Constance is a farmer’s daughter, educated as a gentlewoman, caught between two worlds, and uncertain of her future. Her mother’s old friend gifts her a summer by the sea as an older lady’s companion, and the old gal teaches her a thing or two about life. Is she brave enough to step out of her comfort zone to try something adventurous like her new friend Poppy and the other women who ride motorcycles and want to learn to fly? Her biggest gamble of all is to take a chance at romance with someone above her station.

And there's Harris, Poppy’s brother, who flew planes in the war, crashed, and lost his leg. He’s morose and uninterested in anything since it happened, but the ladies with their plans, particularly the quiet but determined Constance, give him something to tempt him back to life and recognize that he still has worth.


It was easy to root for Constance and the others as they found their way. I also appreciated the well-written summer seaside 1920s backdrop and the excitement of historical era motorcycles and aviation. The Hazelbourne Ladies Motorcycle and Flying Club takes its time building to the crisis, utilizing a bet, a race, tangled relationships, and an outcome that surprises all.  

A great choice for your summer beach reading.


smiling white woman with short blonde hair wearing navy blouse
Helen Simonson, author


Helen Simonson is the New York Times bestselling author of Major Pettigrew's Last Stand (2010) and The Summer Before The War (2016). Her newest novel, The Hazelbourne Ladies Motorcycle and Flying Club published in May 2024. She was born in England and spent her teenage years in a small village near Rye, in East Sussex. A graduate of the London School of Economics, with an MFA from Stony Brook Southampton, she is a former travel advertising executive, dual US/UK citizen and a proud New Yorker. Helen is a longtime resident of Brooklyn and is married with two sons.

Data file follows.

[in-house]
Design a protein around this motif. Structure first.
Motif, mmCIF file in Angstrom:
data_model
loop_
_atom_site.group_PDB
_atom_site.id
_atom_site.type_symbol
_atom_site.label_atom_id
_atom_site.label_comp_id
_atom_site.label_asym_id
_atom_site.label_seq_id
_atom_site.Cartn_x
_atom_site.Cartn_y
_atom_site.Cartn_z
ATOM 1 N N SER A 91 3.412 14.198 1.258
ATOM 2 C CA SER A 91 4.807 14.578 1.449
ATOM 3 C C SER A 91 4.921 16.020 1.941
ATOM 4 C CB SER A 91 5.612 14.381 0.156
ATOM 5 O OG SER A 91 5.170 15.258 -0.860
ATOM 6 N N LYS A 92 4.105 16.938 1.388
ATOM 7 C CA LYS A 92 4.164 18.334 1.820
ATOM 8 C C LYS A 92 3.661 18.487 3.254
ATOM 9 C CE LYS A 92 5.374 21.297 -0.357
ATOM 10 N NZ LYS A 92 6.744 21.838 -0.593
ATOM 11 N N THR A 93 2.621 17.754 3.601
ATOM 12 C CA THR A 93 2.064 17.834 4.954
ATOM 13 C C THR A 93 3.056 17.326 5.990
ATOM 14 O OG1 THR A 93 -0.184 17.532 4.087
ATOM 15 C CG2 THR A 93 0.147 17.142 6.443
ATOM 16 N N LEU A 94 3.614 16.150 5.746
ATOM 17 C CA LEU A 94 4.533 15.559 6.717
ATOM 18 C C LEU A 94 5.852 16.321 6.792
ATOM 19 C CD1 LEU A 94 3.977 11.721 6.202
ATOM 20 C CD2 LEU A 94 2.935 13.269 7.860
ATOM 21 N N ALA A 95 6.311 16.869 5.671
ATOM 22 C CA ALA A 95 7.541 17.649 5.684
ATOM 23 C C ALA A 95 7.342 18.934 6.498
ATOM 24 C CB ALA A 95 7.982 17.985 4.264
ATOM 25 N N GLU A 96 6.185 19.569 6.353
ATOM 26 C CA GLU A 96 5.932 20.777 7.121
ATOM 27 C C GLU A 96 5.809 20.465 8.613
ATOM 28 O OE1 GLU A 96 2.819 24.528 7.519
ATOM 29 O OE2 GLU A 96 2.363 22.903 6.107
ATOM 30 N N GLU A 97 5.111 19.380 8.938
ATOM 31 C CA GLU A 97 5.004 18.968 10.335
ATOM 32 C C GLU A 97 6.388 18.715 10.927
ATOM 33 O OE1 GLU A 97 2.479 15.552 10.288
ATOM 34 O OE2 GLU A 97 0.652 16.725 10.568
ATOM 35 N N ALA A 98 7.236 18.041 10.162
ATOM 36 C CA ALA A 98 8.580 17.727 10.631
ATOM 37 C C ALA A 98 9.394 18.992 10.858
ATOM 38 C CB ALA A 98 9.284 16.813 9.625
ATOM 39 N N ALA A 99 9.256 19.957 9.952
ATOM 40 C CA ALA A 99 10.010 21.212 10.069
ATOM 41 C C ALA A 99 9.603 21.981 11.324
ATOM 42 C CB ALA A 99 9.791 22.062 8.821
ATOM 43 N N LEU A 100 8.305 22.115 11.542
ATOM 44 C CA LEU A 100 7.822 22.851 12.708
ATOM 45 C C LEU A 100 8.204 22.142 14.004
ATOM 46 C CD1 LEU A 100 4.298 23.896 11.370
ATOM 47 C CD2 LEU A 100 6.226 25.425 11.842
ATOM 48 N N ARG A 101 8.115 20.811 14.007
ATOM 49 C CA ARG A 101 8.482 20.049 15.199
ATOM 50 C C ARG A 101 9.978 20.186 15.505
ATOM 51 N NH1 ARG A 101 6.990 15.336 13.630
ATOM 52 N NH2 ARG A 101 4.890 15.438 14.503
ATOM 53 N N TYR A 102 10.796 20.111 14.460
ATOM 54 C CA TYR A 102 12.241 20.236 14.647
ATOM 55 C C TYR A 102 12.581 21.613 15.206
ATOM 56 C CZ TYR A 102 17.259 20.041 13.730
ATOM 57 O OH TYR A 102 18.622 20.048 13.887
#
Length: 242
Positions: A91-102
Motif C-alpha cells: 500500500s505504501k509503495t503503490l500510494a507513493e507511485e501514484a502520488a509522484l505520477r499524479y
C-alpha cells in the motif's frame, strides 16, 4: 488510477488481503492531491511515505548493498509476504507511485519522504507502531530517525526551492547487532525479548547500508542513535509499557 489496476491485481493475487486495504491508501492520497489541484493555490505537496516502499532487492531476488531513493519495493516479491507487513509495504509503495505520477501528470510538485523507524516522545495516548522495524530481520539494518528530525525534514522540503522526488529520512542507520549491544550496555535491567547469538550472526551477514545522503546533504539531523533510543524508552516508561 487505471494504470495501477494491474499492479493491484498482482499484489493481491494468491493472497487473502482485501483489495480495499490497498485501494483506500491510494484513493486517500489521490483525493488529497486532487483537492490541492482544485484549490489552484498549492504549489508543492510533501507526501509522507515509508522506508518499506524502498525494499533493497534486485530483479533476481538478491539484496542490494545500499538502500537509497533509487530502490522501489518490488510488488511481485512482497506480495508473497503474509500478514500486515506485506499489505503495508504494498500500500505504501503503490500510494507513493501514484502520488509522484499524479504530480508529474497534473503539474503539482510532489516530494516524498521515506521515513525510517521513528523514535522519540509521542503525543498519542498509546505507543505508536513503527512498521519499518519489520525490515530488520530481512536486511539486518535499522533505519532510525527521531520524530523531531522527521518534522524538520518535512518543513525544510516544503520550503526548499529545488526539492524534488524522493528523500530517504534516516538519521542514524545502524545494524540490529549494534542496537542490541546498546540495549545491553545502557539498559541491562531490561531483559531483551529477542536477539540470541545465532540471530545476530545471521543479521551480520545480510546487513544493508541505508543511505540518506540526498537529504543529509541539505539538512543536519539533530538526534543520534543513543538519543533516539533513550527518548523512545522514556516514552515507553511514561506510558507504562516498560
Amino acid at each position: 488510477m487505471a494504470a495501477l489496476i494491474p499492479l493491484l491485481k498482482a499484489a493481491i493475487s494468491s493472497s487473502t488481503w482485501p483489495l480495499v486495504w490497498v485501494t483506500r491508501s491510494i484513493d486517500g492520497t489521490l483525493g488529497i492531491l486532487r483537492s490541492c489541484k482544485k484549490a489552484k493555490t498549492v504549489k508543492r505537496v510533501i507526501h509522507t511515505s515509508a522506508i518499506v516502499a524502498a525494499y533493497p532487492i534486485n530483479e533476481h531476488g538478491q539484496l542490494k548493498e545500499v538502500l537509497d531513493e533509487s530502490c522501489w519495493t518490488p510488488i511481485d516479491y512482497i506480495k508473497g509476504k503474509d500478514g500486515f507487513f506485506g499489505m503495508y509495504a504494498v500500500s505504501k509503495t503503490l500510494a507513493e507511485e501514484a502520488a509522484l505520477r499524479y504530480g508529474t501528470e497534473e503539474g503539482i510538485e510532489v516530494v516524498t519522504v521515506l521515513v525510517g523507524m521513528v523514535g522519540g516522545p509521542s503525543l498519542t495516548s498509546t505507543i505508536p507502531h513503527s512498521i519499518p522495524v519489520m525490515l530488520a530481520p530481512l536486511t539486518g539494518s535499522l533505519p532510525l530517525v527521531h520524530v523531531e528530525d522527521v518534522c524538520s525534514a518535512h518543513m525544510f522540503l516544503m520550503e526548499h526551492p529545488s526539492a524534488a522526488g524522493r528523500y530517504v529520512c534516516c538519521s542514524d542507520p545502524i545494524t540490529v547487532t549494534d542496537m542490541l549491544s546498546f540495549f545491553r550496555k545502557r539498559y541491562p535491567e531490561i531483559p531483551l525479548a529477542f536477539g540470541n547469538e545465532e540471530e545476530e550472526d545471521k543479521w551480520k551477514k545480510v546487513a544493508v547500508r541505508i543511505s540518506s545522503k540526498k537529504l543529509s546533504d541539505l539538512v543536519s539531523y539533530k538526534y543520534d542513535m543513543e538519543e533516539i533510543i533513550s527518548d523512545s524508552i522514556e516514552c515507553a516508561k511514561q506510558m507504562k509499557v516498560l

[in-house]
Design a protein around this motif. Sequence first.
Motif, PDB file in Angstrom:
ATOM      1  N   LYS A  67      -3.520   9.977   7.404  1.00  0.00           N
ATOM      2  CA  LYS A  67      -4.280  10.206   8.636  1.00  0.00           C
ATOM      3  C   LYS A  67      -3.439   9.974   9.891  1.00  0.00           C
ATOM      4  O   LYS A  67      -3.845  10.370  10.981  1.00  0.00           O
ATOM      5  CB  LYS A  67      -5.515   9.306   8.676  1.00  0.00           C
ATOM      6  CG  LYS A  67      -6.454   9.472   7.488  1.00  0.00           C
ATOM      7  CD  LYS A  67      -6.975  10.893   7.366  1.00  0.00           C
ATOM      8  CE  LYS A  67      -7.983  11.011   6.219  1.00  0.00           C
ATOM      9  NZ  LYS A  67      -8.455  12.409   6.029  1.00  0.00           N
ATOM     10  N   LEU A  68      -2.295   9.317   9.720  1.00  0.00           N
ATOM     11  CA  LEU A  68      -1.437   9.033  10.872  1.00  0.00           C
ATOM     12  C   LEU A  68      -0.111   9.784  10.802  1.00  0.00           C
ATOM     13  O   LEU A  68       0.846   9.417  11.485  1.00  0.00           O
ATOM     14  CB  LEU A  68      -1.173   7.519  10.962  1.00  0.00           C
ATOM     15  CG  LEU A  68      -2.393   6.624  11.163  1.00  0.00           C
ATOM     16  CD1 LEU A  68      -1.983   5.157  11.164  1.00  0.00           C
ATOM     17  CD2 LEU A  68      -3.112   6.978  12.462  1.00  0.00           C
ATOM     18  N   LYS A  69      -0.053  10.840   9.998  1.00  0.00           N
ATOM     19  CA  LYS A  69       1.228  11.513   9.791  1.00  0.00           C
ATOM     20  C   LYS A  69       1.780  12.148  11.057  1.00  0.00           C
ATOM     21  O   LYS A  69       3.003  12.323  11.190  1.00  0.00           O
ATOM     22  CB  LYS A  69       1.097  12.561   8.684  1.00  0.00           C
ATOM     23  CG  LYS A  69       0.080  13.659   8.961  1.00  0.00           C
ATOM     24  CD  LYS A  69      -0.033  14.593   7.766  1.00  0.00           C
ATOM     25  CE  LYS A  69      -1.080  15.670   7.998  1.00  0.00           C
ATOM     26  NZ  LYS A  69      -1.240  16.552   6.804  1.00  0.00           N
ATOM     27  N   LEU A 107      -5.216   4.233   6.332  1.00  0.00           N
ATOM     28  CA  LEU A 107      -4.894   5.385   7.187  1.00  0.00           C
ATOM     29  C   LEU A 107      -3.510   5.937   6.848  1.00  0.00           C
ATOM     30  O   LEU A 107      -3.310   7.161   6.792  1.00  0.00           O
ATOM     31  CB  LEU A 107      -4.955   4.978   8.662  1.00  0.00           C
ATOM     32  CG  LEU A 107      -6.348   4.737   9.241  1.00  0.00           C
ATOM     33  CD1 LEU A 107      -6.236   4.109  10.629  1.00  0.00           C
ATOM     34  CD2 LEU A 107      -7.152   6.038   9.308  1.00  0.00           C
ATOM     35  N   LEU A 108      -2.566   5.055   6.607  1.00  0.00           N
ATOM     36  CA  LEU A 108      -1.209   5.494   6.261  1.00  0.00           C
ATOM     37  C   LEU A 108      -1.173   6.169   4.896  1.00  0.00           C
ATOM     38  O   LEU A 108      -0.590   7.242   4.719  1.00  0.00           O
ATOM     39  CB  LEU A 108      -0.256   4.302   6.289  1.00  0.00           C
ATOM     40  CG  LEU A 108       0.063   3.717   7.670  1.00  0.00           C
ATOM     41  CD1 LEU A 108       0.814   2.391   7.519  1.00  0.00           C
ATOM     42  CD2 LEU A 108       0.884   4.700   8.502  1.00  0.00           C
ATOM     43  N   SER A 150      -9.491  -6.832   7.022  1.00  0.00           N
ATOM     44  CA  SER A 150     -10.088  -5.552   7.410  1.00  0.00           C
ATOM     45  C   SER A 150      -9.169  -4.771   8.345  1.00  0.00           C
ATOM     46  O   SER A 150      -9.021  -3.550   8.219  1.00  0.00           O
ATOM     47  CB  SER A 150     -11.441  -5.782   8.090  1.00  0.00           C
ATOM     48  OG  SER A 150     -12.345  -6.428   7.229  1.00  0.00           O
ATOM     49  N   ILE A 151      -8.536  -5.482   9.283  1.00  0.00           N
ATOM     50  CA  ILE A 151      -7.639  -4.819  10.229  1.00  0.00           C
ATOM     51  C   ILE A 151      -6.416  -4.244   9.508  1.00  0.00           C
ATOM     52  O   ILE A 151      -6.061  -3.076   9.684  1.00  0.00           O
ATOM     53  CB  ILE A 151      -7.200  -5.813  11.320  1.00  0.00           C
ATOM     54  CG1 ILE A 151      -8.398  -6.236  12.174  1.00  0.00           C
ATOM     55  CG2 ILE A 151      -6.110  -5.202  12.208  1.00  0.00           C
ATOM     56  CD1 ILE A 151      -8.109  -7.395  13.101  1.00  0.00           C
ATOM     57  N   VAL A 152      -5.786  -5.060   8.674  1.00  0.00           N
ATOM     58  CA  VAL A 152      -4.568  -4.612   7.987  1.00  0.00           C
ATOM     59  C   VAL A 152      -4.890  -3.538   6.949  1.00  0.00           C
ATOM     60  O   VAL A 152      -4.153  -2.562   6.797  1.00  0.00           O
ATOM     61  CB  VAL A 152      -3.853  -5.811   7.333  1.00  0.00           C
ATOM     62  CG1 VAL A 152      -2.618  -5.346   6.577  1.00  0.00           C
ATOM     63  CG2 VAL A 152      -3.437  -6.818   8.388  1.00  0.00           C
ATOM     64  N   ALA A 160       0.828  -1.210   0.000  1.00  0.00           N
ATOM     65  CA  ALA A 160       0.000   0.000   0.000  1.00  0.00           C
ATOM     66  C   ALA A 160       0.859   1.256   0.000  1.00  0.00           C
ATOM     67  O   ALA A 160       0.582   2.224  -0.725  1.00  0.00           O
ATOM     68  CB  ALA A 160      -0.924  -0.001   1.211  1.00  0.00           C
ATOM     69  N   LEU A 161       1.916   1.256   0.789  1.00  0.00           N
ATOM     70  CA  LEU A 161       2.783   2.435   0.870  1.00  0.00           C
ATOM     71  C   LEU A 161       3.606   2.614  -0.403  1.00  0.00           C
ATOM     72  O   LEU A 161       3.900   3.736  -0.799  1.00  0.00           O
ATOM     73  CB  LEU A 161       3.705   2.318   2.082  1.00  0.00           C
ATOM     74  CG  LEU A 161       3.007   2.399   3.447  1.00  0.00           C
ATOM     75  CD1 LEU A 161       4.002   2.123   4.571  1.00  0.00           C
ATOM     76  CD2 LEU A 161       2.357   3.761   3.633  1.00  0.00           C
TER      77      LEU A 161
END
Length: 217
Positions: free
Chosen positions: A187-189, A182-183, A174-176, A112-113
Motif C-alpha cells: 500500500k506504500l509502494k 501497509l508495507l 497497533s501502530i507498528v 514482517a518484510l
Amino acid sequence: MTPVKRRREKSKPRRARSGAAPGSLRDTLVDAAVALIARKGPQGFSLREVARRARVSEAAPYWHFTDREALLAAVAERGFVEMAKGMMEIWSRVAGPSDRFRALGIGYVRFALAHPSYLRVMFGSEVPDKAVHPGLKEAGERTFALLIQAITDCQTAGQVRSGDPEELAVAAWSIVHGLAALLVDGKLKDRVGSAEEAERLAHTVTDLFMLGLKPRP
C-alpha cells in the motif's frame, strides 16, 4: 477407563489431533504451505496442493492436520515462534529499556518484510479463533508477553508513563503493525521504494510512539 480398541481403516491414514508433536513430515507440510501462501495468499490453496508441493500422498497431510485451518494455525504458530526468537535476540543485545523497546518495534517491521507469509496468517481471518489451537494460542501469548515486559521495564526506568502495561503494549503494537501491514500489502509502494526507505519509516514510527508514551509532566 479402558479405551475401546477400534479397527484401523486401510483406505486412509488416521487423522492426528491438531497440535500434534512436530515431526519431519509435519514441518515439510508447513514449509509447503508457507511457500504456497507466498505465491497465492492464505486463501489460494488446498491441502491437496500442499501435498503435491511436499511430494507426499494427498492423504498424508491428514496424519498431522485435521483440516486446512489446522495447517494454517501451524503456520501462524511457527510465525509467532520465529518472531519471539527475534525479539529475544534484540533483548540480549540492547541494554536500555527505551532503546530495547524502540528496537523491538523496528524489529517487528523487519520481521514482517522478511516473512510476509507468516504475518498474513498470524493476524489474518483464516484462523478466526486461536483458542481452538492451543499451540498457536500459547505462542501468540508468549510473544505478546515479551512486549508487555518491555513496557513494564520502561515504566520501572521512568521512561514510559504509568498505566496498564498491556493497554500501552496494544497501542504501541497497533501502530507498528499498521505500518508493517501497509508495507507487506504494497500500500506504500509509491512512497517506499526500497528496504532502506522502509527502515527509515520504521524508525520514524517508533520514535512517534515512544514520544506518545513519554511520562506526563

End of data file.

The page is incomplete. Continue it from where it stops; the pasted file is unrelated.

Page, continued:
Sophia is a quiet, curious gal who dabbles in cooking, book reviewing, piano-playing, and gardening. Road trips and campouts, museums and monuments, restaurants, and theaters are her jam. Encouraged and supported by an incredible man and a loving family. A Northern Californian transplant to the Great Lakes region of the US. Lover of Jane Austen, baseball, cats, Scooby Doo, and chocolate.

As a lifelong reader, it was inevitable that Sophia would discover book blogs and the joy of blog reviewing. In 2012, she submitted her first book review and is currently an associate reviewer. Sophia is a prolific reader and audiobook listener which allows her to experience many wonderful books, authors, and narrators. Few genres are outside her reading tastes, but her true love is fiction, particularly history, mystery, sci-fi, and romance. Sorry, no horror...or she will run like Shaggy and Scooby.




Ooh, this sounds like such a good book! I really enjoyed Major Pettigrew's Last Stand, so I'll have to add this one to my list. Thanks for the review, Sophia!

Replying to

Both are new to me. Glad you liked!!